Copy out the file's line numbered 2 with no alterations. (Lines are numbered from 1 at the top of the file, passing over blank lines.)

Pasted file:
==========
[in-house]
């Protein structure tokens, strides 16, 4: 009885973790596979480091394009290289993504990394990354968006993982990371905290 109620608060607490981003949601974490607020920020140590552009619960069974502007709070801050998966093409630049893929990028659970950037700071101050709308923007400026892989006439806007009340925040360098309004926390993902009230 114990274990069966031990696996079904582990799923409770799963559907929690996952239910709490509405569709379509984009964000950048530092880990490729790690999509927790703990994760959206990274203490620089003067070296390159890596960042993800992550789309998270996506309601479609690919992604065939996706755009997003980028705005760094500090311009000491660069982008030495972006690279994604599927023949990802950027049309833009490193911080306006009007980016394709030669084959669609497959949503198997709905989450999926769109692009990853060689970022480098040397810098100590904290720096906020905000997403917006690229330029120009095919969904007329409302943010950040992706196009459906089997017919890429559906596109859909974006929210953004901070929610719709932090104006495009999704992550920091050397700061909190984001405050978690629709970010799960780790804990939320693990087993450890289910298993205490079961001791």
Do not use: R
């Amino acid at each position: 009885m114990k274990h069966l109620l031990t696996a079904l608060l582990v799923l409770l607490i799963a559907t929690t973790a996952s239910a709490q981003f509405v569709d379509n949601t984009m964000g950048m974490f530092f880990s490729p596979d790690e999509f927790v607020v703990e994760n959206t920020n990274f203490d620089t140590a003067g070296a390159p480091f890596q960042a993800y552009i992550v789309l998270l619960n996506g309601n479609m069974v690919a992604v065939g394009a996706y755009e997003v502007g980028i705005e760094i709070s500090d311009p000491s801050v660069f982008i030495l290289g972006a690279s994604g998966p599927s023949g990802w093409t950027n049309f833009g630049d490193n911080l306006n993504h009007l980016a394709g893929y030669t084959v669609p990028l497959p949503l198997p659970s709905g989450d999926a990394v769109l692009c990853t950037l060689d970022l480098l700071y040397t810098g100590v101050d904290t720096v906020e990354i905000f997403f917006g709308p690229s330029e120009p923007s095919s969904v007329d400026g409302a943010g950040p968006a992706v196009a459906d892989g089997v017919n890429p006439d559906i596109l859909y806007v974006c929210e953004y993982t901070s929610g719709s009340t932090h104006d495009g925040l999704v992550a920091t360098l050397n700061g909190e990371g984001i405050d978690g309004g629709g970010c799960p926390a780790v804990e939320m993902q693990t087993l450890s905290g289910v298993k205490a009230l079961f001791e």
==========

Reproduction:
């Protein structure tokens, strides 16, 4: 009885973790596979480091394009290289993504990394990354968006993982990371905290 109620608060607490981003949601974490607020920020140590552009619960069974502007709070801050998966093409630049893929990028659970950037700071101050709308923007400026892989006439806007009340925040360098309004926390993902009230 114990274990069966031990696996079904582990799923409770799963559907929690996952239910709490509405569709379509984009964000950048530092880990490729790690999509927790703990994760959206990274203490620089003067070296390159890596960042993800992550789309998270996506309601479609690919992604065939996706755009997003980028705005760094500090311009000491660069982008030495972006690279994604599927023949990802950027049309833009490193911080306006009007980016394709030669084959669609497959949503198997709905989450999926769109692009990853060689970022480098040397810098100590904290720096906020905000997403917006690229330029120009095919969904007329409302943010950040992706196009459906089997017919890429559906596109859909974006929210953004901070929610719709932090104006495009999704992550920091050397700061909190984001405050978690629709970010799960780790804990939320693990087993450890289910298993205490079961001791």